An often listed criticism against the Habs is that they are too small, and not tough enough. Toughness and size are two attributes that you bring in abundance, do you feel you could address those needs for the Habs one day down the road?
Could I address those needs if that's what Montreal is looking for? Yes I could. But I have a long ways to go before I even think about that. I have been buried by 2 coaches in the last couple years, and my battle is to prove that I can still play. 

I am playing in the KHL, my focus is to play as well as I can here and see what happens.

How did you like playing for Sylvain Lefebvre in Hamilton? How did he compare to some of the other Coaches you've had to play for?
I liked Sylvain Levebvre. I think he's a good person and will be a good coach at the NHL level someday if that's what he wants to do. But he was a rookie head coach. So I think he has somethings to learn, which is normal for a rookie in any profession. There are some things that I would have done differently for sure.
 
Do you have a favourite Coach (head or assistant) that you've played for? Why?
There are a bunch of Head coaches that I really liked and thought were good. Dean Blais, Larry Robinson, Daryl Sutter, Peter Laviolette, Ken Hitchcock come to mind. But if I had to pick 1 favorite head coach I will pick Tom Rowe. Tom Rowe was my assistant coach in Lowell in 03/04, and the Head Coach in Lowell in the lockout year 04/05. I really can't say enough about what he did for my career. He was a tough, no bullshit guy, but if you worked hard for him he had your back no matter what. He turned my career around. Thank you Tom.  

Think he'll make a good NHL head coach one day?
Yes I think Tom would make a great NHL head coach if that's what he wants to do.

How are you liking the KHL?
I am enjoying the KHL. Its a very good league with very good players. It is also very different from what I am used to. But that being said it should be different. This is a completely different country and way of life. I came over here with an open mind looking to play some hockey and find some life experiences. I haven't been disappointed.

It is clearly a different brand of hockey, are there things you like better about the game in Russia that you feel the NHL could learn from, and/or vice versa?
It is very different. Other then the basics of shooting, passing and skating it is completely different. 

To answer your question...without a doubt I think the NHL should adopt the point system the KHL uses. 3pts for a regulation win, 2pts for overtime win or shootout win, 1 point for overtime or shootout loss. I personally believe it is significantly better. A team should be rewarded for winning in regulation. And the 3 point win really makes things interesting in the standings...even if your team is near the bottom in the standings...they can make up points fast with regulation wins. Also I don't think winning a game in a shootout should be worth the same as winning a game in regulation. To me the KHL system makes more sense. 

The 1 thing that really sticks out for me that the KHL could adopt is a little more of a NHL way of coaching. More teaching and systems taught in the KHL would be great for the teams and the players. Like I said its just different here. Here the attitude is "the players are professionals, they should know how to play". Well I have been a pro for 14 years and I know I could still use some learning.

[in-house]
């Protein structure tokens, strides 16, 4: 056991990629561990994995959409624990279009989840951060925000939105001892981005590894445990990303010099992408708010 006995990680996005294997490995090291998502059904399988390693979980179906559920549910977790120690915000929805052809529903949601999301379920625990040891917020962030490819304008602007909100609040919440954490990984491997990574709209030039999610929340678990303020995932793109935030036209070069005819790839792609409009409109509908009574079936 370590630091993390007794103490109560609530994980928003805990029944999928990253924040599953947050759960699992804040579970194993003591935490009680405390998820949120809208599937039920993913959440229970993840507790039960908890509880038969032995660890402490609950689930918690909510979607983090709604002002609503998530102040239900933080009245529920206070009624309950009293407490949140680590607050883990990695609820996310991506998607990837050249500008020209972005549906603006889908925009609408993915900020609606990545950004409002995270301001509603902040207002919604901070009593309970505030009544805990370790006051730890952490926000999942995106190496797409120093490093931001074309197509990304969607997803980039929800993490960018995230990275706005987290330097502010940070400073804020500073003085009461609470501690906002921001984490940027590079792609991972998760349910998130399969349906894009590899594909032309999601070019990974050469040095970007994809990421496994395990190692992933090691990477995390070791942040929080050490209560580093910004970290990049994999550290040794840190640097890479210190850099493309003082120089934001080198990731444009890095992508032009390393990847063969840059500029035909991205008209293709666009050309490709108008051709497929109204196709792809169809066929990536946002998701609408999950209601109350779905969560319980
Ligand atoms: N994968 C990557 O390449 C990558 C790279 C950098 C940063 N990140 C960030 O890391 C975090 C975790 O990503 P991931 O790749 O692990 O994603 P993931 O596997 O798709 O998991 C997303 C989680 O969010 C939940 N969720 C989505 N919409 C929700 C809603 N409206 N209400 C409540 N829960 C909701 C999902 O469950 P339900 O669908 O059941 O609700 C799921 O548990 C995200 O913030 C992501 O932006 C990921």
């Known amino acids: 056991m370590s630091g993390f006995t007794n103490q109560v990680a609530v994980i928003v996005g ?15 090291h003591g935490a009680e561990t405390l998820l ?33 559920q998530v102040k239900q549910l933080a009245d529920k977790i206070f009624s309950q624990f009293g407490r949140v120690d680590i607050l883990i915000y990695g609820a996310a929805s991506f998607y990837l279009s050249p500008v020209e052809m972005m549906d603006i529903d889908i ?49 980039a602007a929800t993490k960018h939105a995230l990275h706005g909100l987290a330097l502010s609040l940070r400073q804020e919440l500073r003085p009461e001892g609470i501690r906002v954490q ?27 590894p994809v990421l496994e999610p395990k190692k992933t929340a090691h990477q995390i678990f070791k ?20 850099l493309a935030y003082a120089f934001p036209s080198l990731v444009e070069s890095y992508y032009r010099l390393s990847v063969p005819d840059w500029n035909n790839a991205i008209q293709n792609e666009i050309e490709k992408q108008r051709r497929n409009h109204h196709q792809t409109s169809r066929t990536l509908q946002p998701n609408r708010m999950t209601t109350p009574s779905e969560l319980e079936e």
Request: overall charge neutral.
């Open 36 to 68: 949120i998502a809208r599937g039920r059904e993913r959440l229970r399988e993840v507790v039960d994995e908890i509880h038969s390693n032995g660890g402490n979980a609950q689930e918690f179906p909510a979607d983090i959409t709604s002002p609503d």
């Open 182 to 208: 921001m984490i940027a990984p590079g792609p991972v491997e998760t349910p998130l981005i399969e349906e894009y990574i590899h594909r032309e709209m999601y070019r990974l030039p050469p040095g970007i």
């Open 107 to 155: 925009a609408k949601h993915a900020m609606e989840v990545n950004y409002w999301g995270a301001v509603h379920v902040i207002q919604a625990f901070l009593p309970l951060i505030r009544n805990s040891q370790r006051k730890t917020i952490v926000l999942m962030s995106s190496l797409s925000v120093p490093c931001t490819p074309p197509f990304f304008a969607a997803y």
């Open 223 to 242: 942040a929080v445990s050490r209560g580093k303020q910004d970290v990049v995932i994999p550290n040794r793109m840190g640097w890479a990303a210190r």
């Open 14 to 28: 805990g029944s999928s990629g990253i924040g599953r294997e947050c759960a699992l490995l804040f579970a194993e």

It's funny that you mention the KHL needing to adopt more of the NHL approach to coaching, with more systems. Younger players loathe systems, especially the creative guys. 

The stereotype we often hear about players coming from Russia is that they are more skilled/creative/less structured, do you think that's a product of their development?

Does the lesser emphasis on structure allow them to be more creative in honing their skills?
That's a very good question. And I guess the answer has to be yes to both those questions. But it would be really nice if you could introduce just a little bit of structure here. I mean I think you can still be creative and be responsible defensively. Pavel Datsyuk figured it out. 

If you happen to win the Gagarin Cup this season, would it be a new source of pride to be the only player to have won both the Gagarin and Stanley Cups?
Would I really be the only person to do that? If so that's cool. I like winning and have enjoyed my share of it. If I could add a Gagarin Cup to my resume I would be very proud. This is a really good league.

If another player has already won both cups, I couldn't find a note of it anywhere, so I believe you'd be the first.

At the end of the day, no matter how many teams a player has played for they always identify strongly with one above all else. Who would that team be for you, and why?
The Carolina Hurricanes. I won a Stanley Cup in Carolina. I played more NHL games there then I did for any other team. The 2 and a half years I spent there I played well. Its a shame I didn't get the opportunity to play there longer. A lot longer. 

It sounds to me like you still feel like there's some unfinished business in both Carolina and Columbus, is that fair? If you had the opportunity to finish that business it only one, which would it be and why?
I don't know about unfinished business....we won in Carolina....it just would have been nice for me if instead of trading me they would have signed me long term. 

And in Columbus that whole situation is sad. I really liked it there and I worked my ass off there, I was good in the community. I enjoyed some success but was kicked out and bought out by an unsuccessful, arrogant, jealous first year head coach halfway through my contract. Now as a result I am remembered as being a huge bust in Columbus. 

I hate complaining and everyone has their "I got screwed" story....but honestly its a joke how I was treated in Columbus by Scott Arniel. I don't think I deserved that.